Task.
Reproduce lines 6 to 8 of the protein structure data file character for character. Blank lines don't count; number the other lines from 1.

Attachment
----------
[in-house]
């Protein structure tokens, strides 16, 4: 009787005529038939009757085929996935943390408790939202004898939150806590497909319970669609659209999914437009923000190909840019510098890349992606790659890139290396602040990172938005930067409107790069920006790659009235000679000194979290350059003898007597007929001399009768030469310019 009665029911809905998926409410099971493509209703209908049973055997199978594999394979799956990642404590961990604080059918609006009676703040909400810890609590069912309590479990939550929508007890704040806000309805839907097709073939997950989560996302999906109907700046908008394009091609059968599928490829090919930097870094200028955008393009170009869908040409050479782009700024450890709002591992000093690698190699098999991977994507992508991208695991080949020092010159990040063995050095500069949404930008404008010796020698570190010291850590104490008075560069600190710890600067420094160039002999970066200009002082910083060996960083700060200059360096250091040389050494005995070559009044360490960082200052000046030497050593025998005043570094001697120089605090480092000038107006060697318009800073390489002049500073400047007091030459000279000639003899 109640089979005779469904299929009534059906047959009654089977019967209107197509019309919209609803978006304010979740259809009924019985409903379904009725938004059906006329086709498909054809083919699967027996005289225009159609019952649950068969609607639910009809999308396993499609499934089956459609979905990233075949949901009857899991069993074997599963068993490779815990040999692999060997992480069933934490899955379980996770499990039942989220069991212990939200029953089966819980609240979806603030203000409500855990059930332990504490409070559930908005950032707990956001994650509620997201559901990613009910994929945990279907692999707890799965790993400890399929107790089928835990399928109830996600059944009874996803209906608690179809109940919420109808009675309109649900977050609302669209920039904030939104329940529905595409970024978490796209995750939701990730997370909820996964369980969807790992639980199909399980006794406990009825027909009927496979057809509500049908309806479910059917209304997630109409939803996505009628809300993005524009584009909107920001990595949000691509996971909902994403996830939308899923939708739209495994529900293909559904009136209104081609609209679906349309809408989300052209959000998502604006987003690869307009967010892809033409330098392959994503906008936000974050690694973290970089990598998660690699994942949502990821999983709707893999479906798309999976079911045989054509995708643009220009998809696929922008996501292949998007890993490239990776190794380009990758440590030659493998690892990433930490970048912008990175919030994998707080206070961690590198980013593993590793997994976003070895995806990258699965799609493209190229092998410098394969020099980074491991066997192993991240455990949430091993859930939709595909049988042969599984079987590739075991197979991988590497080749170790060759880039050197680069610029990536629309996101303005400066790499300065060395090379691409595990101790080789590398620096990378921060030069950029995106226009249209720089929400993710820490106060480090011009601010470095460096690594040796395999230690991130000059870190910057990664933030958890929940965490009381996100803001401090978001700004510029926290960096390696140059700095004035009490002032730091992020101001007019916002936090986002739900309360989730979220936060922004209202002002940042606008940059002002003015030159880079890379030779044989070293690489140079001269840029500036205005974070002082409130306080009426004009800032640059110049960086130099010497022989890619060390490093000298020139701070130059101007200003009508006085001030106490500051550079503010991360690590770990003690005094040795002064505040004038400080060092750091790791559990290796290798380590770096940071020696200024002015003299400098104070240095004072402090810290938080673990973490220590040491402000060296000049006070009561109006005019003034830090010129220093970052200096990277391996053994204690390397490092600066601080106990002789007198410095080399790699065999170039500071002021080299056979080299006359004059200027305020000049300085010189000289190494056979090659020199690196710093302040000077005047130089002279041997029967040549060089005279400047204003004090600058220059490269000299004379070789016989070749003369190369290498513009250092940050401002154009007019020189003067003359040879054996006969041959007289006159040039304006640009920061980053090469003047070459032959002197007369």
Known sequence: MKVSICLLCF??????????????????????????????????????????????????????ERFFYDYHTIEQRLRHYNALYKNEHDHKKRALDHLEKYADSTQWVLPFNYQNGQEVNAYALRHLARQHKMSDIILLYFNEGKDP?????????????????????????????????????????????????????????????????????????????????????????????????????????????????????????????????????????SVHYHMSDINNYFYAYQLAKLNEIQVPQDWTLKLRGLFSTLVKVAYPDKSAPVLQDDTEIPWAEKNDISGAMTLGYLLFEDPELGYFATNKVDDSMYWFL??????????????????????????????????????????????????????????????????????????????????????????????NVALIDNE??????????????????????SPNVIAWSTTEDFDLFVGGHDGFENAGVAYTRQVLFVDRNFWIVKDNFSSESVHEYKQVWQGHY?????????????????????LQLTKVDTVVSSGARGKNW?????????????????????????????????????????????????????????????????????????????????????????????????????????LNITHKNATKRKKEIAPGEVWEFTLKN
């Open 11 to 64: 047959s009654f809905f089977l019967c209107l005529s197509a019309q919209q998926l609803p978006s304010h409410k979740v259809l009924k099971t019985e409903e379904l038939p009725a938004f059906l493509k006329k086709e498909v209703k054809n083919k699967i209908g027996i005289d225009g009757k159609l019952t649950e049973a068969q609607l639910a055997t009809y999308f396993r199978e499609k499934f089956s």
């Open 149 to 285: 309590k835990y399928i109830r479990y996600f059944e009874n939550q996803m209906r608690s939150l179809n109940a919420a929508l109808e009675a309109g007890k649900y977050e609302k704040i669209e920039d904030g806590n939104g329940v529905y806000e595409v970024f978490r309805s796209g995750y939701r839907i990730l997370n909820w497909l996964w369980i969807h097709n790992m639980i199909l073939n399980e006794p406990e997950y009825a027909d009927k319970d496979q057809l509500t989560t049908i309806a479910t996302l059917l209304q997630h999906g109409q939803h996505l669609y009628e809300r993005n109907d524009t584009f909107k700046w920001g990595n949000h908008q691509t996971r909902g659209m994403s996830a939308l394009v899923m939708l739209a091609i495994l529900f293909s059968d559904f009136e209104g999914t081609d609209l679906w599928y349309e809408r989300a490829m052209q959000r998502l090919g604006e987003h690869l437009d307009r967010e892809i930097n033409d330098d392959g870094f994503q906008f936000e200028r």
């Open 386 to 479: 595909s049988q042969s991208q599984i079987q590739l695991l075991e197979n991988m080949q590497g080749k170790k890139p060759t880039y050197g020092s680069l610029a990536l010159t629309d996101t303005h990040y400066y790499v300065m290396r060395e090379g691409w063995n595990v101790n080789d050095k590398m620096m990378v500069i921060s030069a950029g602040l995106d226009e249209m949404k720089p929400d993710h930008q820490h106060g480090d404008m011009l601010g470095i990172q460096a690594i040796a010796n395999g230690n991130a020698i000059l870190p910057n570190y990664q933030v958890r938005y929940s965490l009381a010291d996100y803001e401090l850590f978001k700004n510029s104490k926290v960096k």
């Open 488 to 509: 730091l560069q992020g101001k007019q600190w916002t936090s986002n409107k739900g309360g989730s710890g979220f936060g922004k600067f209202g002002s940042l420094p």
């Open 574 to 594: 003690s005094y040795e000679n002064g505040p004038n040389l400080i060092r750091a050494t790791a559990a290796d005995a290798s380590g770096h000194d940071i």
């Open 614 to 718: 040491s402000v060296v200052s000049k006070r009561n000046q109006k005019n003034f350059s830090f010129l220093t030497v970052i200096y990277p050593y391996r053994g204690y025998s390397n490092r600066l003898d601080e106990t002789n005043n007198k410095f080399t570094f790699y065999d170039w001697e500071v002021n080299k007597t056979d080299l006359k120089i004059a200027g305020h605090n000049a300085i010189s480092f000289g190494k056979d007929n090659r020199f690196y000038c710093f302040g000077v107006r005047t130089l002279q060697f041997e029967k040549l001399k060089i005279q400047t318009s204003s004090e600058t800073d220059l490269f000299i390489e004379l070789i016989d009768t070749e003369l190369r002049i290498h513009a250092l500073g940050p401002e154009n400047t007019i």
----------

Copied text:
């Open 386 to 479: 595909s049988q042969s991208q599984i079987q590739l695991l075991e197979n991988m080949q590497g080749k170790k890139p060759t880039y050197g020092s680069l610029a990536l010159t629309d996101t303005h990040y400066y790499v300065m290396r060395e090379g691409w063995n595990v101790n080789d050095k590398m620096m990378v500069i921060s030069a950029g602040l995106d226009e249209m949404k720089p929400d993710h930008q820490h106060g480090d404008m011009l601010g470095i990172q460096a690594i040796a010796n395999g230690n991130a020698i000059l870190p910057n570190y990664q933030v958890r938005y929940s965490l009381a010291d996100y803001e401090l850590f978001k700004n510029s104490k926290v960096k």
């Open 488 to 509: 730091l560069q992020g101001k007019q600190w916002t936090s986002n409107k739900g309360g989730s710890g979220f936060g922004k600067f209202g002002s940042l420094p």
């Open 574 to 594: 003690s005094y040795e000679n002064g505040p004038n040389l400080i060092r750091a050494t790791a559990a290796d005995a290798s380590g770096h000194d940071i």